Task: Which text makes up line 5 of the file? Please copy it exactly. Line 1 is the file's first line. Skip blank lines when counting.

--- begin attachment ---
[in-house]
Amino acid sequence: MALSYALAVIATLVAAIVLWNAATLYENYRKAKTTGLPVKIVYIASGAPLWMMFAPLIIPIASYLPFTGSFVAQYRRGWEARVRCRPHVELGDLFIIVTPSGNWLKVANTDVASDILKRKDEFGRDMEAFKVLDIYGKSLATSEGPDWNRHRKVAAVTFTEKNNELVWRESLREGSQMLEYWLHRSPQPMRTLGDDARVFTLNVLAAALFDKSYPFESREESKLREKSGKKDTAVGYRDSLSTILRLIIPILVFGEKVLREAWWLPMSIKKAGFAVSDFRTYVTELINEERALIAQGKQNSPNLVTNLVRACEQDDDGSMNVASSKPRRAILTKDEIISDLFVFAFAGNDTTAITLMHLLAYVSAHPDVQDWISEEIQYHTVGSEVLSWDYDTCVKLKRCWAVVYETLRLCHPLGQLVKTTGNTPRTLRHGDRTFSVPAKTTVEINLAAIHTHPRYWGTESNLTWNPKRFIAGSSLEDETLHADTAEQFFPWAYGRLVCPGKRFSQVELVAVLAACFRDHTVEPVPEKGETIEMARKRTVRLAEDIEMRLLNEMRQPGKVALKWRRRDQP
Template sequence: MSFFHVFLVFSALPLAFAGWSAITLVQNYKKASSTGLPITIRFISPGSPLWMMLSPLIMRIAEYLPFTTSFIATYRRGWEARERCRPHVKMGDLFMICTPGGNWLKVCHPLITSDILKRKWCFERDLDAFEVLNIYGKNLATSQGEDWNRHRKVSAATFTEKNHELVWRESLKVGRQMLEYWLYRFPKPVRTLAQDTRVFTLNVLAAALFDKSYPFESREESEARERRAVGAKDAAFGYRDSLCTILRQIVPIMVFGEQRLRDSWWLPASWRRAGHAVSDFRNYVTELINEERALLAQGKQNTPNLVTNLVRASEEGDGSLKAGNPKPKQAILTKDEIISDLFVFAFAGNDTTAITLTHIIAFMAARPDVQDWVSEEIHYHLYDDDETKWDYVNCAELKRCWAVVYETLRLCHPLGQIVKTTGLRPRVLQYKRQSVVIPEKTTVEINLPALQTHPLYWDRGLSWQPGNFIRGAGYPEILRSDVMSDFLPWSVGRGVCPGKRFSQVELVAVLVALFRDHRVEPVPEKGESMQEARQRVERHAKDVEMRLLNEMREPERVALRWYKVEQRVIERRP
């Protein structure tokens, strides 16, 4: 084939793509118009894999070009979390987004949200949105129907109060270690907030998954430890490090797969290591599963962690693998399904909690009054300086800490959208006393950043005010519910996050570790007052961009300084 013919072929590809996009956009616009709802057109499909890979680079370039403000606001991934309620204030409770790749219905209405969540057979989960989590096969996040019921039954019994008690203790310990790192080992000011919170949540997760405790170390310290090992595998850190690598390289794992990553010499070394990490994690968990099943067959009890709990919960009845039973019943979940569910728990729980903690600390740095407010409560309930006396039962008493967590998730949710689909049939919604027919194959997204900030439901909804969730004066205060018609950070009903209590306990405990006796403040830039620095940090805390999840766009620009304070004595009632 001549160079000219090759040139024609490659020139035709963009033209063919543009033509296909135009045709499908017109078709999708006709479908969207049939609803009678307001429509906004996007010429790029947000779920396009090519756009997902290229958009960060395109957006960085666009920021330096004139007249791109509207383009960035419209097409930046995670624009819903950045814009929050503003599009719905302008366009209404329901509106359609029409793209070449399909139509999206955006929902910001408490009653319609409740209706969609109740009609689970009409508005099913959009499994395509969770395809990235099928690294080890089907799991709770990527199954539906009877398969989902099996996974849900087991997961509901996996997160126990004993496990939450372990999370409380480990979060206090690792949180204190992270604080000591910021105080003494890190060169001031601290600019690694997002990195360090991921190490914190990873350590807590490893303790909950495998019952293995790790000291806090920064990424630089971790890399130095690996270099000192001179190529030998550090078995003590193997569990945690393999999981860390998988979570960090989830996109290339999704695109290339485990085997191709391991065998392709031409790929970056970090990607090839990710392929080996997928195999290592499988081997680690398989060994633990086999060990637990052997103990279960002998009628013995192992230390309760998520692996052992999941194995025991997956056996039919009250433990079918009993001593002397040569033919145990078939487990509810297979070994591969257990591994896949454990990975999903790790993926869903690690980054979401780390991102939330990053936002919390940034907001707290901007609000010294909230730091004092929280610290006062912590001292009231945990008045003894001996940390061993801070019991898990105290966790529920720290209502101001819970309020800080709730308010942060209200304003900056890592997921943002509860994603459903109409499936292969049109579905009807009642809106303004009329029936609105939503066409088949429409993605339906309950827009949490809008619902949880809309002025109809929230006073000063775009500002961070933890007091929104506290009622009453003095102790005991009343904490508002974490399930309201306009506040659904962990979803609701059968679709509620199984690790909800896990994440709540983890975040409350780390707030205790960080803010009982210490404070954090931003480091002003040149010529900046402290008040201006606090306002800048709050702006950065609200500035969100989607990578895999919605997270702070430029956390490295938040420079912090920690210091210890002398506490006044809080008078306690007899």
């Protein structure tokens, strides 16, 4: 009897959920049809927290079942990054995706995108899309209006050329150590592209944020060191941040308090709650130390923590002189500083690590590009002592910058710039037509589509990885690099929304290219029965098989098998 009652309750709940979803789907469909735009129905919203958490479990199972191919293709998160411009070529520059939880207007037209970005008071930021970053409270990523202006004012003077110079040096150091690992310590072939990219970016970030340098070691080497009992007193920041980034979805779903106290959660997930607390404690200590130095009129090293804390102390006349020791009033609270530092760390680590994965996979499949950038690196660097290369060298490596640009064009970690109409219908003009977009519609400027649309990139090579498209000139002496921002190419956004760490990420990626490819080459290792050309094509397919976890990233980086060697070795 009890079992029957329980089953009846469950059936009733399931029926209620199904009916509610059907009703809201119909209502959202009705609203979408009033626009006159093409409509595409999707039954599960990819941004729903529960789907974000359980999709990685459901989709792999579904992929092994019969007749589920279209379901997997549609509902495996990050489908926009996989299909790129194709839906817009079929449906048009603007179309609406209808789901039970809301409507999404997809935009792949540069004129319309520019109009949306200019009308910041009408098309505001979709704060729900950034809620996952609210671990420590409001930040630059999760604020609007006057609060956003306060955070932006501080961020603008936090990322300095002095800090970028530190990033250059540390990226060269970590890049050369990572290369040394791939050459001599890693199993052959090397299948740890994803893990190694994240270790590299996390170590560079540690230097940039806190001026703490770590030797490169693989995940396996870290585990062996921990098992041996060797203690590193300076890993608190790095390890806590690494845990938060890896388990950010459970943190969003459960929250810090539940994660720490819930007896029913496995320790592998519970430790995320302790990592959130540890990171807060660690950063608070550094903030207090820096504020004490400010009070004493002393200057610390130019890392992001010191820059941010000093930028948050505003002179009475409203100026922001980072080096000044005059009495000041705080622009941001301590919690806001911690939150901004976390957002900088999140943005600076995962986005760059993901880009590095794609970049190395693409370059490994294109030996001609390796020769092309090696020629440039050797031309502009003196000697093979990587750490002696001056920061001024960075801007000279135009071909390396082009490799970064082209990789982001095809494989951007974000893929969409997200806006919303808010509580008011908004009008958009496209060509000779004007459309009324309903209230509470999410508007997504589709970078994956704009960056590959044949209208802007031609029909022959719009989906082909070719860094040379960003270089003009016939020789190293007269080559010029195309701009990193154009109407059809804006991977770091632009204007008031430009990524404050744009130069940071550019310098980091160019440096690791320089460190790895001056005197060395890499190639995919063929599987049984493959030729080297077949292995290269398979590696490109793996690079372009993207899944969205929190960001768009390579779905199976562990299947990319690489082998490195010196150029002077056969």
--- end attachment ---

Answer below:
């Protein structure tokens, strides 16, 4: 009897959920049809927290079942990054995706995108899309209006050329150590592209944020060191941040308090709650130390923590002189500083690590590009002592910058710039037509589509990885690099929304290219029965098989098998 009652309750709940979803789907469909735009129905919203958490479990199972191919293709998160411009070529520059939880207007037209970005008071930021970053409270990523202006004012003077110079040096150091690992310590072939990219970016970030340098070691080497009992007193920041980034979805779903106290959660997930607390404690200590130095009129090293804390102390006349020791009033609270530092760390680590994965996979499949950038690196660097290369060298490596640009064009970690109409219908003009977009519609400027649309990139090579498209000139002496921002190419956004760490990420990626490819080459290792050309094509397919976890990233980086060697070795 009890079992029957329980089953009846469950059936009733399931029926209620199904009916509610059907009703809201119909209502959202009705609203979408009033626009006159093409409509595409999707039954599960990819941004729903529960789907974000359980999709990685459901989709792999579904992929092994019969007749589920279209379901997997549609509902495996990050489908926009996989299909790129194709839906817009079929449906048009603007179309609406209808789901039970809301409507999404997809935009792949540069004129319309520019109009949306200019009308910041009408098309505001979709704060729900950034809620996952609210671990420590409001930040630059999760604020609007006057609060956003306060955070932006501080961020603008936090990322300095002095800090970028530190990033250059540390990226060269970590890049050369990572290369040394791939050459001599890693199993052959090397299948740890994803893990190694994240270790590299996390170590560079540690230097940039806190001026703490770590030797490169693989995940396996870290585990062996921990098992041996060797203690590193300076890993608190790095390890806590690494845990938060890896388990950010459970943190969003459960929250810090539940994660720490819930007896029913496995320790592998519970430790995320302790990592959130540890990171807060660690950063608070550094903030207090820096504020004490400010009070004493002393200057610390130019890392992001010191820059941010000093930028948050505003002179009475409203100026922001980072080096000044005059009495000041705080622009941001301590919690806001911690939150901004976390957002900088999140943005600076995962986005760059993901880009590095794609970049190395693409370059490994294109030996001609390796020769092309090696020629440039050797031309502009003196000697093979990587750490002696001056920061001024960075801007000279135009071909390396082009490799970064082209990789982001095809494989951007974000893929969409997200806006919303808010509580008011908004009008958009496209060509000779004007459309009324309903209230509470999410508007997504589709970078994956704009960056590959044949209208802007031609029909022959719009989906082909070719860094040379960003270089003009016939020789190293007269080559010029195309701009990193154009109407059809804006991977770091632009204007008031430009990524404050744009130069940071550019310098980091160019440096690791320089460190790895001056005197060395890499190639995919063929599987049984493959030729080297077949292995290269398979590696490109793996690079372009993207899944969205929190960001768009390579779905199976562990299947990319690489082998490195010196150029002077056969």